Cirque du Soleil celebrates its 10th anniversary by staging Alegría in 1994. True to tradition, the two-year North American tour is launched in Montreal. Meanwhile, Mystère continues to create a sensation in Las Vegas (683,294 people see the show) and Saltimbanco embarks on a six-month run in Tokyo that attracts a great deal of attention (and spectators; 557,851 see Saltimbanco in Tokyo). While Alegría pursues its triumphant North American tour, Cirque du Soleil responds to a request from the Canadian government to create a show for the heads of state gathered at the G7 Summit in Halifax, Nova Scotia. Also in 1995, Saltimbanco sets out to conquer Europe. Cirque’s spectacular white big top with seating for 2,500 spectators makes its first stop in Amsterdam, followed by Munich, Berlin, Düsseldorf, and Vienna. Amsterdam becomes the site of Cirque du Soleil’s European Headquarters.

1996-1997: A NEW HOME

Cirque du Soleil now has three concurrent shows running: Saltimbanco, Mystère and Alegría. By April, Cirque launches its fourth – Quidam – in Montreal. After finishing its hometown run, Quidam heads off on a three-year North American tour. Meanwhile, Saltimbanco continues its European tour, with stops in London, Hamburg, Stuttgart, Antwerp, Zurich and Frankfurt, while Alegría sets out to tour Asia. Audiences flock to the Grand Chapiteaus in ever-greater numbers.

As its repertoire grows, Cirque du Soleil decides that its artists must have a single home in which to gather, create, rehearse, and dream; therefore, “The Studio”, Cirque’s new International Headquarters in Montreal, is born. The move, carried out over three weekends, goes very smoothly, and all 500+ employees are now ensconced in the new Studio. After a few last-minute adjustments, everyone is able to get down to work. All of the shows will be created and produced in the new facility. Construction of the Headquarters represented an investment of approximately 40 million dollars.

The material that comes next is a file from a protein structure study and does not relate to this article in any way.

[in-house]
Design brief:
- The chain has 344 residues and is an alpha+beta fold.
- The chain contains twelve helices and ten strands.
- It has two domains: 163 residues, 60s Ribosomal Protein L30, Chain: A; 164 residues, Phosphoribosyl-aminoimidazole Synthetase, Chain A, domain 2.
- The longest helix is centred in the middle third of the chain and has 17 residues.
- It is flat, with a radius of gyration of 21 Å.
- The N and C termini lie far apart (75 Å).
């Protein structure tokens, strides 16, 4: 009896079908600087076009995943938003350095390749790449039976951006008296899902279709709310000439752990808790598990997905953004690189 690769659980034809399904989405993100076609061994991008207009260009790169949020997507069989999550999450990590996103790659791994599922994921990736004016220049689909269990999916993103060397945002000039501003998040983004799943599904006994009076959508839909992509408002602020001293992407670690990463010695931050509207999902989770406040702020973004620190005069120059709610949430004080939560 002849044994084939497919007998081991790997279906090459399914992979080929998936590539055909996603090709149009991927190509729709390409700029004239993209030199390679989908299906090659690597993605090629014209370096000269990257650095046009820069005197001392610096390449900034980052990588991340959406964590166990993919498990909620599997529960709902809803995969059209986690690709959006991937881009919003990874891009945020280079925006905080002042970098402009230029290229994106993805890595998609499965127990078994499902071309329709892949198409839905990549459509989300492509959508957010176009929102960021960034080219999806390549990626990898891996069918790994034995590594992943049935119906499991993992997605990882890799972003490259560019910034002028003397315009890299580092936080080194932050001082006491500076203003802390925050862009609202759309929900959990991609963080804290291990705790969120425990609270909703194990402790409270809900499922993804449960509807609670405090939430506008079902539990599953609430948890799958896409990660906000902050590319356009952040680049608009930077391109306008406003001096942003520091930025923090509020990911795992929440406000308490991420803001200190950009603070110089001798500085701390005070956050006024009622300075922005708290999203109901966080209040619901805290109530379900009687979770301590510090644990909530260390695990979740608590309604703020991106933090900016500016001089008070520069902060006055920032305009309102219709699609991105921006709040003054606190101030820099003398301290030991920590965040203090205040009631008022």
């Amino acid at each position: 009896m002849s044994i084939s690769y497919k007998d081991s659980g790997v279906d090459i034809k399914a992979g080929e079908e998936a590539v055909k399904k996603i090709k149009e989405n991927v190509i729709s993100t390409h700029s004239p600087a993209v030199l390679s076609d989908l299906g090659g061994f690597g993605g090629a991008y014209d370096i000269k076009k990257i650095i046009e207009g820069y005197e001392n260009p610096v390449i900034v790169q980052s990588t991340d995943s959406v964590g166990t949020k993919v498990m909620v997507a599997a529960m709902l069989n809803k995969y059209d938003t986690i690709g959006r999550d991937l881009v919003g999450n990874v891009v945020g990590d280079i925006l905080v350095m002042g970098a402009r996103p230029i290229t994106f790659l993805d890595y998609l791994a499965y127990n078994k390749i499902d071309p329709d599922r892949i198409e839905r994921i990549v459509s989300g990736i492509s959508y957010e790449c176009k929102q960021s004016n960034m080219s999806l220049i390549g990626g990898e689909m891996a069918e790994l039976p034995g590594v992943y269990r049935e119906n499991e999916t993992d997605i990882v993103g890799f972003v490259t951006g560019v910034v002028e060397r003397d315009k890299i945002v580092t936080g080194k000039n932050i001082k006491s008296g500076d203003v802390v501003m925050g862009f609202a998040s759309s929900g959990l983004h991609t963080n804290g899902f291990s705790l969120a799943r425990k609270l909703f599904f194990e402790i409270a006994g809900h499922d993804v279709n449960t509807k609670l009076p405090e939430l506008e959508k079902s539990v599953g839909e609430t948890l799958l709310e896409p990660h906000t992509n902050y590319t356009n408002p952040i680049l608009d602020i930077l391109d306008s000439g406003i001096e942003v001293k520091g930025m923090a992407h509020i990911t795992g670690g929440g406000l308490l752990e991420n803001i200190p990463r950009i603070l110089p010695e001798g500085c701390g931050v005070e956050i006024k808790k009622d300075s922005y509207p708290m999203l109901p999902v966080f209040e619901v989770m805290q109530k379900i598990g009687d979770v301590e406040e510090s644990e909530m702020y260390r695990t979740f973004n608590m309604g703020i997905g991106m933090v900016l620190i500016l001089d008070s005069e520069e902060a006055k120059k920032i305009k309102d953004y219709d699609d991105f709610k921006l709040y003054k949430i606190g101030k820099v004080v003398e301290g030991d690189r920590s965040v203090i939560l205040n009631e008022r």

Quidam continues to capture the hearts of North American spectators, adding two new cities, Denver and Houston, to the tour. On the other side of the Atlantic: After five years of touring, the curtain falls on Saltimbanco at London’s Royal Albert Hall, marking the end of a two-year European tour (February 1, 1997). Fresh from its Asian tour, Alegría takes on Europe. And Cirque du Soleil joins forces with Pomp Duck and Circumstance, an original dinner-theatre show. Due to expansion Cirque opens up four regional headquarters: the Americas, Asia-Pacific, Europe (Amsterdam), and Las Vegas. Cirque sets new benchmarks with the birth of a multimedia division – Cirque du Soleil Images (replacing Télémajik) – and the announcement of two monumental projects: a feature-length film (Alegría) and a large-format (IMAX) film, which will feature performances by various Cirque du Soleil artists in natural and historic sites around the world.

1998-1999: NEW BENCHMARKS (15 Years)

While Alegría pursues its journey across Europe, Quidam finishes up its North American tour, which includes a stopover in Dallas, a first for Cirque du Soleil. During its three-year tour, almost 1,000 performances have been held under the blue-and-yellow big top. All in all, over 2,500,000 North American spectators have applauded Quidam. And unable to quash its celebration of life, Cirque du Soleil restages Saltimbanco in Ottawa for a few weeks before sending it off on an Asia-Pacific tour scheduled to last three years. In response, Singapore becomes the site of Cirque du Soleil’s Asia-Pacific headquarters.

Inspired by the success of Mystère, Steve Wynn, the president of Mirage Resorts, invites Cirque to Las Vegas to mount “O”, Cirque’s first aquatic show, in a specially constructed theatre at the Bellagio Resort. Opening in October 1998, “O” sets a new benchmark for excellence in theatrical entertainment everywhere. And after almost 10 years of discussion, Cirque du Soleil finally teams with Disney to present La Nouba in Orlando. The agreement occurs after direct intervention from Michael Eisner, chairman and CEO of Disney, who concedes to Cirque’s long-maintained insistence that it retain creative control. Moreover, a custom-made theatre is built for Cirque’s unique requirements. The show opens in December to rave reviews.